One hundred and forty people have been killed and more than 800 wounded in
riots that rocked the western China at the weekend, the deadliest social
unrest since the Tiananmen Square crackdown.
Running battles raged through the city of Urumqi throughout Sunday, pitting
members of the Uighur minority against ethnic Han Chinese. Witnesses said
that up to 3,000 rioters went on the rampage, smashing buses and overturning
police barricades during several hours of violence.
State television showed cars in flames in the streets, and others being
over-turned by rioters. Other footage showed a number of men attacking a
man, apparently a Han Chinese, who lay on the street bleeding from the head
and from injuries to other parts of his body.
Burnt-out buses lay scattered on the streets of Urumqi, the capital of China's
restive, westernmost region of Xinjiang.
The death toll from the day of violence was put at 140 by the Xinjiang police,
who said 816 were injured. The numbers were announced by the state run
Xinhua news agency in an unusually swift revelation of the extent of the
Police said the number of dead was expected to rise. State television said at
least one member of the paramilitary People's Armed Police had been killed.
Uighur exile groups said the violence started when Chinese security forces
cracked down on the peaceful protest.
It was only after dark and following several hours of violence that the
paramilitary police, equipped with tear gas and firing weapons, were able to
The violence flared days after reports of ethnic clashes between Han Chinese
and Uighur workers at a toy factory in the southern Guangdong province in
which two Uighurs were killed and 188 wounded.
It is uncertain what sparked the riots, but they may have broken out around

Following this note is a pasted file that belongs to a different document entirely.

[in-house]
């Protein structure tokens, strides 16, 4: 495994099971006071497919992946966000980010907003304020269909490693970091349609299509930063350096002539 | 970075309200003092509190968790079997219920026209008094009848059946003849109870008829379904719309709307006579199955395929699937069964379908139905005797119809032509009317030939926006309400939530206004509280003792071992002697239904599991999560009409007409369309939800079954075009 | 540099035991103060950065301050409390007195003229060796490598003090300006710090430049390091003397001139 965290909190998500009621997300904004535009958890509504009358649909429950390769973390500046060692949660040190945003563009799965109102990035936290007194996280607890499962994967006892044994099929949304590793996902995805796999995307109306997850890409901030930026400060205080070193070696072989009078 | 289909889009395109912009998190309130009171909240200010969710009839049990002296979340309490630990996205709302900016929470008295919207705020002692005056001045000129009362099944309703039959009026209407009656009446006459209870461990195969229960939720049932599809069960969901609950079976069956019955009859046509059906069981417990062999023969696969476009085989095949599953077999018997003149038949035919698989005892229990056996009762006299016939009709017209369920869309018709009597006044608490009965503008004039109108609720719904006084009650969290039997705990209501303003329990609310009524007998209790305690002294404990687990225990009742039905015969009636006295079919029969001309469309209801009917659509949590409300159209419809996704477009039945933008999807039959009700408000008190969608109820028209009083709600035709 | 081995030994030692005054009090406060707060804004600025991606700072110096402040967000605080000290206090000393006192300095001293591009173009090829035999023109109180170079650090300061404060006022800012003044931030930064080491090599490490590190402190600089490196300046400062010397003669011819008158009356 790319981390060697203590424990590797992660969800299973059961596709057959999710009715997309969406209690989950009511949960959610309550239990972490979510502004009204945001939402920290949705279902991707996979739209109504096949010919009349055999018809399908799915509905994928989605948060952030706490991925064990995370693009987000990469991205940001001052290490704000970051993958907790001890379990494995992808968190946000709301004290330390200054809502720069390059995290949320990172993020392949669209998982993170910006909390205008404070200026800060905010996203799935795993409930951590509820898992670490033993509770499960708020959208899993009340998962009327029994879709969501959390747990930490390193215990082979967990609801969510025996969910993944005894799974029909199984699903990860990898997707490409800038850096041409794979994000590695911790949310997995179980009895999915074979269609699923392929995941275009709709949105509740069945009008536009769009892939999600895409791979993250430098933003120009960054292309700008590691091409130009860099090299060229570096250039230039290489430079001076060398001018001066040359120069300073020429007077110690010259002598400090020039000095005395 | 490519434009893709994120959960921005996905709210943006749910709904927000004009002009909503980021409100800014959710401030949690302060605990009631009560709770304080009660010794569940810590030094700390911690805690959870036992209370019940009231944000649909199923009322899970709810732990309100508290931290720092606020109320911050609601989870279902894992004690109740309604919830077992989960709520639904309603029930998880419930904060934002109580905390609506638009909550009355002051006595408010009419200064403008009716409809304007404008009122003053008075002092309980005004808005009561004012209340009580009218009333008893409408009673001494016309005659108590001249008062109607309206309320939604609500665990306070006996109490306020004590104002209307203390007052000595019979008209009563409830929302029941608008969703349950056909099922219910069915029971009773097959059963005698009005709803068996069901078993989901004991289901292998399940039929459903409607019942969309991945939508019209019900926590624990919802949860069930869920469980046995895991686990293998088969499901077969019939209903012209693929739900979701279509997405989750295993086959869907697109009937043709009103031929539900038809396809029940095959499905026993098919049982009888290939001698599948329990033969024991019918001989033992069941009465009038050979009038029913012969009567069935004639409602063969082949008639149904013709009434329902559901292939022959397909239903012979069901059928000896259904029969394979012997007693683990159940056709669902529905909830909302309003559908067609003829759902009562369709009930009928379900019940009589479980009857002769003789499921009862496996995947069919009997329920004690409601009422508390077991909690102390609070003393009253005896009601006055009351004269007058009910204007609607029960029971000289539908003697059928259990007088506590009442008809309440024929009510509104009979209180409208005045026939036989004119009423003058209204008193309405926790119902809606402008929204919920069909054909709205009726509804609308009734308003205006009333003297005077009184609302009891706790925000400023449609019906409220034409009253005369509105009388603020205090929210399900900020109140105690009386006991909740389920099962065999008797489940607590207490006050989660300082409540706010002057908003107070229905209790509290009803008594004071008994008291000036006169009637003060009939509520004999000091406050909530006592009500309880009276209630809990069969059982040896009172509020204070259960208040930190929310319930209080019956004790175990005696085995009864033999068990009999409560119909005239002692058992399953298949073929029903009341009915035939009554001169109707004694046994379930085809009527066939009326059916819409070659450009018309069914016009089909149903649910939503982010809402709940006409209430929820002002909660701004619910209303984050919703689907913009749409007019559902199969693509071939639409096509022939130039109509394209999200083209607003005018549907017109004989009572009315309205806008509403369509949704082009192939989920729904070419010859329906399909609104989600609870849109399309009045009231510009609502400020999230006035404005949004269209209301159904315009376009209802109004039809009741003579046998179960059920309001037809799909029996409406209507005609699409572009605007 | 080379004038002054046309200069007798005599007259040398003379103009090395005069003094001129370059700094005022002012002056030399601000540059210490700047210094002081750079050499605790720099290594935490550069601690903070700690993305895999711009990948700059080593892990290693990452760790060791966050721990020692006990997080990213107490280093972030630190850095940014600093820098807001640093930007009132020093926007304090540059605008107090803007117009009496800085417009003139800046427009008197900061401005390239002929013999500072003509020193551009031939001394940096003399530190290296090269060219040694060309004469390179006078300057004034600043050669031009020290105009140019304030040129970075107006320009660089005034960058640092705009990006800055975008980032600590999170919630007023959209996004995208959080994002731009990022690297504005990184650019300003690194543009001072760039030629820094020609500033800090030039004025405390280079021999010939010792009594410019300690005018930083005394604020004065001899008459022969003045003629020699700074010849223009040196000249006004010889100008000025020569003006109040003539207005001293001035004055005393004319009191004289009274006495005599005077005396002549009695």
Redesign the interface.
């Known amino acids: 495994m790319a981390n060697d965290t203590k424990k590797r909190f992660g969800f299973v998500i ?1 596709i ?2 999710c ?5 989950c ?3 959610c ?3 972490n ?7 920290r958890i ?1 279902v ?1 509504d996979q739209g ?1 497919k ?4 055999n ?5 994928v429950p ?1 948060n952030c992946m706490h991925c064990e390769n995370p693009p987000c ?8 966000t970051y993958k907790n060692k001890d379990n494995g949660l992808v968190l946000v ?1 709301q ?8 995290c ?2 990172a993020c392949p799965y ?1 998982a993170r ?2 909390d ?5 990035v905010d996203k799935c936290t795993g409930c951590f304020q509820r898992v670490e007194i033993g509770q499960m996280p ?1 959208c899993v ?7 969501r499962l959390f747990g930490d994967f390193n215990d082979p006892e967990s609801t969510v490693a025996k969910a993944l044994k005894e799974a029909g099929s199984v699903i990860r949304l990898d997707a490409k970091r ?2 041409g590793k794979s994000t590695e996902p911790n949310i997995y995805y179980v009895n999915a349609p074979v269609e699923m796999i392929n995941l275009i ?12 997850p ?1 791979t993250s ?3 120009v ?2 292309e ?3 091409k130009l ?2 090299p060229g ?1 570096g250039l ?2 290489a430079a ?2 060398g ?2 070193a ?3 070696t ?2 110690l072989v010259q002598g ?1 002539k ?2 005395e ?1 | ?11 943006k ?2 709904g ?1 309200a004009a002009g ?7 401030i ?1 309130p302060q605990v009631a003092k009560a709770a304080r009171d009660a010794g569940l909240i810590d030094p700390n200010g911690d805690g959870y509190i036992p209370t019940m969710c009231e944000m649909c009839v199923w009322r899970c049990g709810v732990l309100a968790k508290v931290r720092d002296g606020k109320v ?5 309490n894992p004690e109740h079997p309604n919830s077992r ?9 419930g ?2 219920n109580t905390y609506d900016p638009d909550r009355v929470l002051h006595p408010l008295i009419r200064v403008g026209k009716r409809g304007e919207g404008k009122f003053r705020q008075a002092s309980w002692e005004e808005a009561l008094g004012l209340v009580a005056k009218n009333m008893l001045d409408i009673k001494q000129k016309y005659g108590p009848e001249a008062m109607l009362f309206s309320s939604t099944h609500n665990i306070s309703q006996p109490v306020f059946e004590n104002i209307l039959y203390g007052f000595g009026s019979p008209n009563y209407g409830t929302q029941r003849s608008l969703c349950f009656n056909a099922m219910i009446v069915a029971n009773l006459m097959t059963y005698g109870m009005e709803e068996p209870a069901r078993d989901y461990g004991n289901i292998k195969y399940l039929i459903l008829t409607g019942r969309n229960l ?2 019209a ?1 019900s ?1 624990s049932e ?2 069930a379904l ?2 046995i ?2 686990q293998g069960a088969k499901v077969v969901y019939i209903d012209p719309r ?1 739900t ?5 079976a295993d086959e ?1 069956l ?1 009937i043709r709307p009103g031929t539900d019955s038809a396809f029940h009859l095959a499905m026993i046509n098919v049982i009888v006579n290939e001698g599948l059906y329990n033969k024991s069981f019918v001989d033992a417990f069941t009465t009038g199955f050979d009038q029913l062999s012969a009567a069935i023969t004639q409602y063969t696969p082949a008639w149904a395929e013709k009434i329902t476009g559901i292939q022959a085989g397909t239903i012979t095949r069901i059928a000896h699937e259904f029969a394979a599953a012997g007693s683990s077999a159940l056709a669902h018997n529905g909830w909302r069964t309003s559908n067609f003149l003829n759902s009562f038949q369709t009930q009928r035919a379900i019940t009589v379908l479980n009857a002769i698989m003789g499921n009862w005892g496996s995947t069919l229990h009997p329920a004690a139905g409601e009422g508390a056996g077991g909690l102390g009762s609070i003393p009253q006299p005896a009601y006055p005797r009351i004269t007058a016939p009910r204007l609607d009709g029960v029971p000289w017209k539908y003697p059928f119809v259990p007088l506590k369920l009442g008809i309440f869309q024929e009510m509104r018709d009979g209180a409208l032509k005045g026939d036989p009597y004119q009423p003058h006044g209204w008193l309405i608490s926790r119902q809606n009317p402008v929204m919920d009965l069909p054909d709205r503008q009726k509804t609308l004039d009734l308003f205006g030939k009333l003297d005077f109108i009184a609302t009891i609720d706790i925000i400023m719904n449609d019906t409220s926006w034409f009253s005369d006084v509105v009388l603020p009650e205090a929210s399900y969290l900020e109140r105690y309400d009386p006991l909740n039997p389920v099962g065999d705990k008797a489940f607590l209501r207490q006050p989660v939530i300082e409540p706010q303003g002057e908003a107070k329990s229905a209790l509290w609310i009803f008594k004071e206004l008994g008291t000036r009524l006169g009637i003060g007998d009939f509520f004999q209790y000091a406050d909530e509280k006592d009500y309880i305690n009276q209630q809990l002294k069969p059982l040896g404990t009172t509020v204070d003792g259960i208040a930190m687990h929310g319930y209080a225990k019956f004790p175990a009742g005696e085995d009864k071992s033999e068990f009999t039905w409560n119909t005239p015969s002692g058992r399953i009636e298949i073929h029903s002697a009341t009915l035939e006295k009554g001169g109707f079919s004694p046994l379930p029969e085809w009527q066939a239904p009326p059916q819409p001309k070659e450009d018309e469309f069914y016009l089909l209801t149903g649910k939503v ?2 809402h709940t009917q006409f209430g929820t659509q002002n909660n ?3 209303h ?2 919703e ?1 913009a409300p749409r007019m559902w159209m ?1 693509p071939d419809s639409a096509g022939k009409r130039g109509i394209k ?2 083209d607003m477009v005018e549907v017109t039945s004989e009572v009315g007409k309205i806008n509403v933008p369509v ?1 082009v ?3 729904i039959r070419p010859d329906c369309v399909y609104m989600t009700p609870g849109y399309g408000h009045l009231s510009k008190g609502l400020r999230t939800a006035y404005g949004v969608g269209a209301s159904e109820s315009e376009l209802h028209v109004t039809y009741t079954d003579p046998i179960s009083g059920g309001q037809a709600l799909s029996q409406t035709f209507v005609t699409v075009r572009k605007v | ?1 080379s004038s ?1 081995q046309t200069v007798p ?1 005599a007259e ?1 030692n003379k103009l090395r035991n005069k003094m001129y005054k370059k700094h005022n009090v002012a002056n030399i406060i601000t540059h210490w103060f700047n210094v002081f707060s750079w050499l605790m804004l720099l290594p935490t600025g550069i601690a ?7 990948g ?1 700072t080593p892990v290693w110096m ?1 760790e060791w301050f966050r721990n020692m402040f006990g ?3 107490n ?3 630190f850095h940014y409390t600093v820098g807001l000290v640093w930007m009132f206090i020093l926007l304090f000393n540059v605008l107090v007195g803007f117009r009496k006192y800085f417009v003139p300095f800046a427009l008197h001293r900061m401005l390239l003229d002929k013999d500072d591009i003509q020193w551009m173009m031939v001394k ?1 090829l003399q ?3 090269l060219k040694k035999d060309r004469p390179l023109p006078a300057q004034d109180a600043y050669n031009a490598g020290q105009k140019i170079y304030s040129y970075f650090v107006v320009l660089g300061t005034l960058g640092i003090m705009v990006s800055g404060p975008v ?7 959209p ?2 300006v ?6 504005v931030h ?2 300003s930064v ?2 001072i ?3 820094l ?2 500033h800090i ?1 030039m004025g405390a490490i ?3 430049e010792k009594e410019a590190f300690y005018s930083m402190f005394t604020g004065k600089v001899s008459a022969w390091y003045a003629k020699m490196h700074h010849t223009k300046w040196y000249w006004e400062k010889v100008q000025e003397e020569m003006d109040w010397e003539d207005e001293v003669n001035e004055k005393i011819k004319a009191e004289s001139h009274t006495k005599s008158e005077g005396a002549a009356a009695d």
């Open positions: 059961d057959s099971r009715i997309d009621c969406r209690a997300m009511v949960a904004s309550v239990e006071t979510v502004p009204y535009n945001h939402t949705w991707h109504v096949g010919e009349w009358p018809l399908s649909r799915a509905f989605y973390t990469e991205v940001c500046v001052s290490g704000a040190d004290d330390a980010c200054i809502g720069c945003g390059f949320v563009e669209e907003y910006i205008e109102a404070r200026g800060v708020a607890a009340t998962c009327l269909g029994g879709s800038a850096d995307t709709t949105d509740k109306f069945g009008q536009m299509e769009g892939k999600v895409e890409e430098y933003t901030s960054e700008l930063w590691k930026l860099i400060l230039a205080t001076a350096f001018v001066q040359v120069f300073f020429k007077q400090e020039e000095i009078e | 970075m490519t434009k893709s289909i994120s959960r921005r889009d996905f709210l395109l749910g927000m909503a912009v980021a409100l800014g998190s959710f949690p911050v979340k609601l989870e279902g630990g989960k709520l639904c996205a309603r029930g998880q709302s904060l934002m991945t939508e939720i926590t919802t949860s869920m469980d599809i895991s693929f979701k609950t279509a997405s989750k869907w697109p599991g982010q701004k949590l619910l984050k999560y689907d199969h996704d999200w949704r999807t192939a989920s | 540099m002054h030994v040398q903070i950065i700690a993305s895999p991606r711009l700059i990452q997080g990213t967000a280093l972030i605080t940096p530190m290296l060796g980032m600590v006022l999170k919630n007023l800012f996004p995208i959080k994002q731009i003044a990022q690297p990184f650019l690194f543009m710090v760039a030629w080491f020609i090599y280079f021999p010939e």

the time of the popular Sunday bazaar when thousands of Uighurs converge in
towns across the region to sell their sheep, goats and horses.
Police have arrested several hundred participants, including more than "10
key figures who fanned the unrest," Xinhua said. The security bureau
said police were still searching for 90 key figures suspected of being
behind the single worst day of violence since troops crushed student
demonstrations centred on Tiananmen Square in June 1989.
It gave no details as to whether those involved were members of the Uighur
minority or whether the violence had been triggered by long-standing ethnic
tensions in Xinjiang.
"We are extremely saddened by the heavy-handed use of force by the
Chinese security forces against the peaceful demonstrators," said Alim
Seytoff, vice-president of the Washington-based Uighur American Association.
"We ask the international community to condemn China's killing of
innocent Uighurs. This is a very dark day in the history of the Uighur
people," he said.
Xinjiang has been shaken by several riots against Chinese rule over the last
several decades, although the violence had appeared to abate since the late
Control has been particularly tight in Urunqi where Han Chinese are now
believed to out-number the Uighurs.
Last year, just days before the Olympic Games opened in Beijing, two young
Uighurs ploughed a truck into a group of border police who were on a morning
run near their barracks in the fabled Silk Road city of Kashgar, killing 17.
Those men were arrested and later executed.
State media said the latest riot was not a spontaneous outburst but was
incited by a small group of people intent on stirring up trouble. It gave no